The police officer’s death created an outcry from his family, law enforcement officers and concerned citizens for Maryland to get tougher on penalties for drunk drivers and to prevent future DUI-related deaths and injuries. Noah’s Law strives to do that by now requiring anyone convicted of drunk driving in Maryland to use an ignition interlock device in their vehicle.

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The AAA Foundation released a report that finds between Memorial Day and Labor Day are the 100 deadliest days for motor vehicle accidents involving teenaged drivers. Proms and graduations are upon us, with another crop of Maryland teenagers getting ready to kick up their heels and hit the roads this summer. With more free time on their hands, teenagers will be driving more as they hang out with friends, go to summer jobs, visit colleges—and just do the things teenagers do.

Statistically, this is the most dangerous time on the road for teenage drivers and their passengers—as well as for the driving public. Maryland parents should think long and hard about these frightening statistics before their teenagers get behind the wheel this summer. The Baltimore Times reports…

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STOP signs are the primary form of traffic control at U.S. intersections. As you drive through Maryland’s city streets and country back roads, do you come to a full stop at every stop sign? What about at intersections where you have the right of way, and the other guy has a stop sign? Do you still stop there, or just slow down enough to make sure the other driver stops? Or do you blow through the intersection and hope for the best?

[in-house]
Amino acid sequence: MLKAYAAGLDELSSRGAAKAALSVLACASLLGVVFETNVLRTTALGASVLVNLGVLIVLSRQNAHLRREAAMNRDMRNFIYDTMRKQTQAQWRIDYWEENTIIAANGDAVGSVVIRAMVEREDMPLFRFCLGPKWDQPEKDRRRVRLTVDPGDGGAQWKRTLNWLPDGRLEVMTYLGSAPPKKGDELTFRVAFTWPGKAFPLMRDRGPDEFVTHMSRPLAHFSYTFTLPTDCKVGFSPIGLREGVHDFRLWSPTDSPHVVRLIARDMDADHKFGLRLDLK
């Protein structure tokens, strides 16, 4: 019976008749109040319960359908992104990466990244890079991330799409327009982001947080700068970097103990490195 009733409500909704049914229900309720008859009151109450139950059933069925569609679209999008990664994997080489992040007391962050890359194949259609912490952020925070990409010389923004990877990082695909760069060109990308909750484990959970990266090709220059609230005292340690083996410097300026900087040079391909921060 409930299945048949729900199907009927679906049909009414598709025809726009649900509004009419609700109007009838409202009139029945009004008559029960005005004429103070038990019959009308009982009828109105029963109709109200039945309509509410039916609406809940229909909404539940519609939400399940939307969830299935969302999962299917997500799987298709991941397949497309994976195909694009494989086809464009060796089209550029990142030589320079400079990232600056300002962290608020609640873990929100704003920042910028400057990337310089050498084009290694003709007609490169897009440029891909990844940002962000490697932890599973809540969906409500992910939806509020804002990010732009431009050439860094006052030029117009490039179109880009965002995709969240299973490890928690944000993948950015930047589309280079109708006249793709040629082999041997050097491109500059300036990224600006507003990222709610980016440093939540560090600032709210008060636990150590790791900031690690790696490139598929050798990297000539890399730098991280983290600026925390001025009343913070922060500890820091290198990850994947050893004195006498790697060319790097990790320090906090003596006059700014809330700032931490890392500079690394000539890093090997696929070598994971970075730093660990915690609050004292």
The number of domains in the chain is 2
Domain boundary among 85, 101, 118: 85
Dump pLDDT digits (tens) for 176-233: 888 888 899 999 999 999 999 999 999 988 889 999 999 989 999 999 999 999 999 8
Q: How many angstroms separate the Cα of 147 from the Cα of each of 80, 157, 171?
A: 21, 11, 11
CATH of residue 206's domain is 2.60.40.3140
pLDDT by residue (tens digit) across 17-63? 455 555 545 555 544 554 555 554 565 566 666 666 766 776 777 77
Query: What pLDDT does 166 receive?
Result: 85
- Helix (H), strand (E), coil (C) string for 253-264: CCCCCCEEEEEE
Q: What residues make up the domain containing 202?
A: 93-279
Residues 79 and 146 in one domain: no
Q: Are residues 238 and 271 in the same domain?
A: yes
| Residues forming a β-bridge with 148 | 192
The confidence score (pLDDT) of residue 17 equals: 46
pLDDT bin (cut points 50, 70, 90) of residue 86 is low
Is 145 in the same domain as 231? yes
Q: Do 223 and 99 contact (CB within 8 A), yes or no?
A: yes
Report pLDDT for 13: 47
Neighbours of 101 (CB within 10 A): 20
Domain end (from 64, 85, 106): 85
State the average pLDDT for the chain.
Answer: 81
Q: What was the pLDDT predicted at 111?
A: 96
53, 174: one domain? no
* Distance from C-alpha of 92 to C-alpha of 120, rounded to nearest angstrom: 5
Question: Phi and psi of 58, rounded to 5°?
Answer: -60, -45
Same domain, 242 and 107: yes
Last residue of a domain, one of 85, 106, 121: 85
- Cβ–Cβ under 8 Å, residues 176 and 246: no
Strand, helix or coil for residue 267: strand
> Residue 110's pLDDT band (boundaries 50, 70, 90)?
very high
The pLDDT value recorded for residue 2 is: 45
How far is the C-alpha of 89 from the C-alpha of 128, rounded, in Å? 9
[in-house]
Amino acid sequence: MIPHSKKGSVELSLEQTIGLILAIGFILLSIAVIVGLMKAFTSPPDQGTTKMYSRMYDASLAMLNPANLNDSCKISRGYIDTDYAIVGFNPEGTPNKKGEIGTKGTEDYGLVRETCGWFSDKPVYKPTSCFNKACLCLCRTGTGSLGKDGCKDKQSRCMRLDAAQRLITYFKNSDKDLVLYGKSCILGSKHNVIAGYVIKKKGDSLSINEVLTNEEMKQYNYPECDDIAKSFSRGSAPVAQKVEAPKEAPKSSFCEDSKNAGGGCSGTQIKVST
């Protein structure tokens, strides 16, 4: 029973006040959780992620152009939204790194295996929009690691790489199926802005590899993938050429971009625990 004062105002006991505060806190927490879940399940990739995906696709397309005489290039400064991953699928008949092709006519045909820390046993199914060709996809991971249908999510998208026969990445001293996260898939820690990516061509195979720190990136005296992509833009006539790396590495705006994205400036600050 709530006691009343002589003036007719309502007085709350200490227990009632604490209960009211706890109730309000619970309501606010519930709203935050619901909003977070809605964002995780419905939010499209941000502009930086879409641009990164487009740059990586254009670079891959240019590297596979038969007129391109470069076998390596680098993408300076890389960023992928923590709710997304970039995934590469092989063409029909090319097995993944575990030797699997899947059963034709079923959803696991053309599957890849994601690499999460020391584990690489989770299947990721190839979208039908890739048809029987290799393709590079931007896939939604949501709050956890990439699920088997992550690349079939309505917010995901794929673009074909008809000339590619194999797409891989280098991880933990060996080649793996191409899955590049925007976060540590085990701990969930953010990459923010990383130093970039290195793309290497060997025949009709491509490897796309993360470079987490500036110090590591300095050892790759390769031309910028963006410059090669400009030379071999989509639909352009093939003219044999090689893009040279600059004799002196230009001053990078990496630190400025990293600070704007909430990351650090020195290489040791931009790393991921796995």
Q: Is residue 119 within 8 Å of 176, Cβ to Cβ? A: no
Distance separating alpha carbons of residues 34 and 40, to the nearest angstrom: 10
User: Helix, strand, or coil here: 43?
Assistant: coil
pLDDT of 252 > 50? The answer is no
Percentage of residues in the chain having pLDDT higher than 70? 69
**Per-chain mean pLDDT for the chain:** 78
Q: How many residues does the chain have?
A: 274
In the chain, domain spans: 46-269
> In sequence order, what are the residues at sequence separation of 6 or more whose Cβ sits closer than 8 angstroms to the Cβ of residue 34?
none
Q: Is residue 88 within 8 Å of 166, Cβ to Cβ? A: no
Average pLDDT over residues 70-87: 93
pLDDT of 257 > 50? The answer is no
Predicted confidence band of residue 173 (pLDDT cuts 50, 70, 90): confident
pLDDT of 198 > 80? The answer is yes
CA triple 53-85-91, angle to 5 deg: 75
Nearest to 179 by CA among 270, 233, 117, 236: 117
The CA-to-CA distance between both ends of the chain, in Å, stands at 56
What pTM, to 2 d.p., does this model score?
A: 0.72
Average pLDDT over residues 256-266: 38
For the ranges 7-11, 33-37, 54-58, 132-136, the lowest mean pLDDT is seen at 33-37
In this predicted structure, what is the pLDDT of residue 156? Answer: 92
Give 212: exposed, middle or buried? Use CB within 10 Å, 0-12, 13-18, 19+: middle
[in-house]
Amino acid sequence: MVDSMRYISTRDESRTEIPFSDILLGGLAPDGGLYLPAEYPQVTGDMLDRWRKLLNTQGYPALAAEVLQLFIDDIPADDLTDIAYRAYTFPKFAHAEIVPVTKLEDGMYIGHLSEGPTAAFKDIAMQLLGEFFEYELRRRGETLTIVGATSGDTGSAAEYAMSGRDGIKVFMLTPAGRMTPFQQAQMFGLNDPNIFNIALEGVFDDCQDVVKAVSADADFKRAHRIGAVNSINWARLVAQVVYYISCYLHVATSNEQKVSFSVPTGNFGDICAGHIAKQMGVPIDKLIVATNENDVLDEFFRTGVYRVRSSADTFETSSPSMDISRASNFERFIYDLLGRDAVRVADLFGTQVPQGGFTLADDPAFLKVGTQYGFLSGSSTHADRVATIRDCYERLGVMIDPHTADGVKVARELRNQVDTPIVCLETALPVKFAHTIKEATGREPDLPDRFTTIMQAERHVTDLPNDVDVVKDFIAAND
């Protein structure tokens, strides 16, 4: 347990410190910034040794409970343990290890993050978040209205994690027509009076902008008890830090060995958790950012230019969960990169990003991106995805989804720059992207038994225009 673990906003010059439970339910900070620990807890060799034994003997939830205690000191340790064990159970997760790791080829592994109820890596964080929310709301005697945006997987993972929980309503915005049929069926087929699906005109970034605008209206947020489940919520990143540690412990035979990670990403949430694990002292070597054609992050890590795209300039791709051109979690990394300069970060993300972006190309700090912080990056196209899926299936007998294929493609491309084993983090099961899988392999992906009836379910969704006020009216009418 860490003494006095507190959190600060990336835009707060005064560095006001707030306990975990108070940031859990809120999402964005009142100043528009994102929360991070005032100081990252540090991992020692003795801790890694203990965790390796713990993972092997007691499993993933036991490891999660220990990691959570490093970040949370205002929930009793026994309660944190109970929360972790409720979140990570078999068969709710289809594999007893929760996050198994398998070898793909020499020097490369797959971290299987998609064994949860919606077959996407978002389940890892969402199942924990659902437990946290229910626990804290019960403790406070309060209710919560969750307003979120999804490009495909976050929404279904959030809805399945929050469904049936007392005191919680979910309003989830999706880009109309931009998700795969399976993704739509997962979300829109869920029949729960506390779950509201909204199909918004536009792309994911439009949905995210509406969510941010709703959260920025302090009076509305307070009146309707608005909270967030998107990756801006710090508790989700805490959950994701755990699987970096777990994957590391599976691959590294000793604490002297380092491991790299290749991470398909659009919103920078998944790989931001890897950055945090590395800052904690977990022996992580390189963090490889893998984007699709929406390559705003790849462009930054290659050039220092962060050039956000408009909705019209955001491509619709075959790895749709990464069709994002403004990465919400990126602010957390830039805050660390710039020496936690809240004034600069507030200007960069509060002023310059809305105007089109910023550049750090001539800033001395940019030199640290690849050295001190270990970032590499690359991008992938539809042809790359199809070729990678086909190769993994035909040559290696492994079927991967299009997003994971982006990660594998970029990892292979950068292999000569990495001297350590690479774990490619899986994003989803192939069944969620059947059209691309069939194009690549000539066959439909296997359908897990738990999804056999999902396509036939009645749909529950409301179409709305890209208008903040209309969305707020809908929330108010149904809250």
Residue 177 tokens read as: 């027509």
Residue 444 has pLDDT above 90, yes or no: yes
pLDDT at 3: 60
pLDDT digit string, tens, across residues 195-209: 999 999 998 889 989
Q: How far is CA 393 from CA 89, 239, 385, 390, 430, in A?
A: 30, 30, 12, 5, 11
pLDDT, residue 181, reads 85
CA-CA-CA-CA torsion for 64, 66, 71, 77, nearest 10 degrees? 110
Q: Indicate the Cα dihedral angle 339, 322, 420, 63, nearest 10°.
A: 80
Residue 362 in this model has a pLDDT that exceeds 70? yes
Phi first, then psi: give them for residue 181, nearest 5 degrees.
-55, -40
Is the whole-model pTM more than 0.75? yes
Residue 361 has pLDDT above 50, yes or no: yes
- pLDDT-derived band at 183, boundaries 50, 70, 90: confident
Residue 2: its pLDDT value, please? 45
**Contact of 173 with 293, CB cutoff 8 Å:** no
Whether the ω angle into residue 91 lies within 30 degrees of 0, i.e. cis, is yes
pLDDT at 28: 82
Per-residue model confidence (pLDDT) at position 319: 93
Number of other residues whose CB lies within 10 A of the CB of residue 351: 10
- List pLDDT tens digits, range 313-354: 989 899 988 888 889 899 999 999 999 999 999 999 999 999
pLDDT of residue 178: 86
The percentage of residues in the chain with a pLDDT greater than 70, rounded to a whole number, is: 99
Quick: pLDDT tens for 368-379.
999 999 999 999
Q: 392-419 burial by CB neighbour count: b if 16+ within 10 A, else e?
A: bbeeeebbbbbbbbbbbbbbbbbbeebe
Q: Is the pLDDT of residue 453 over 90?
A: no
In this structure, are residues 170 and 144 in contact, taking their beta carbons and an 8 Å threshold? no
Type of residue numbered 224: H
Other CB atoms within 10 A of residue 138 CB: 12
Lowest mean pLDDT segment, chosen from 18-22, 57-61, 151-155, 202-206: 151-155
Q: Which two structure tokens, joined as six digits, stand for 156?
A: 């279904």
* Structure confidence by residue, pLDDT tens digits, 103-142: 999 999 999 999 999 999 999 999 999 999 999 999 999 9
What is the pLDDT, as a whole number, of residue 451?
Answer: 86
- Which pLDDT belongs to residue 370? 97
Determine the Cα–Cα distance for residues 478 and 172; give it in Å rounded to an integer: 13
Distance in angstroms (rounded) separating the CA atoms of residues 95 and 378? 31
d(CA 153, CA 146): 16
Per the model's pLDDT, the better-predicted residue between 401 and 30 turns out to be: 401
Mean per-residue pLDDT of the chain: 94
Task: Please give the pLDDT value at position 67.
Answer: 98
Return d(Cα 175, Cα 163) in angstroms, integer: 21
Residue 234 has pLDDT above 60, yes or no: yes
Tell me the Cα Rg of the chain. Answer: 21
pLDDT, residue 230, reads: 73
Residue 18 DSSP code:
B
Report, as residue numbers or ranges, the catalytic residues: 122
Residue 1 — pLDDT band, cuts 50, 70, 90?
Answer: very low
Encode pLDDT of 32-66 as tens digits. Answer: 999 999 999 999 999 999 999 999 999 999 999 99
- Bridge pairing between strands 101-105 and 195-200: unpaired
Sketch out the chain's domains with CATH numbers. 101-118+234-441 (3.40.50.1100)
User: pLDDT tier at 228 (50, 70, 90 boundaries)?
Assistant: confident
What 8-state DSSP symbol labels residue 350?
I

According to the Insurance Institute for Highway Safety (IIHS), one-third of all US intersection crashes occur at crossings that have stop signs. The most common causes are drivers failing to stop for the stop signs, or stopping and then failing to yield to other vehicles, colliding at an angle. Obstructed vision (e.g., due to buildings, trees, or parked cars) is another frequent cause of accidents at intersections. However studies have shown that…
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When it comes to distracted driving, Maryland has some of the toughest traffic laws in the US. Texting while driving is prohibited and considered a primary offense. In October 2013, Maryland joined our neighbors in Washington, D.C., in making use of handheld cell phones while driving illegal as well. The only exception is to make an emergency call to 911. (Note: Talking on speakerphone, using hands-free Bluetooth technology, and with cellphone headsets is permissible while driving in Maryland, except for youthful drivers with learners’ permits.)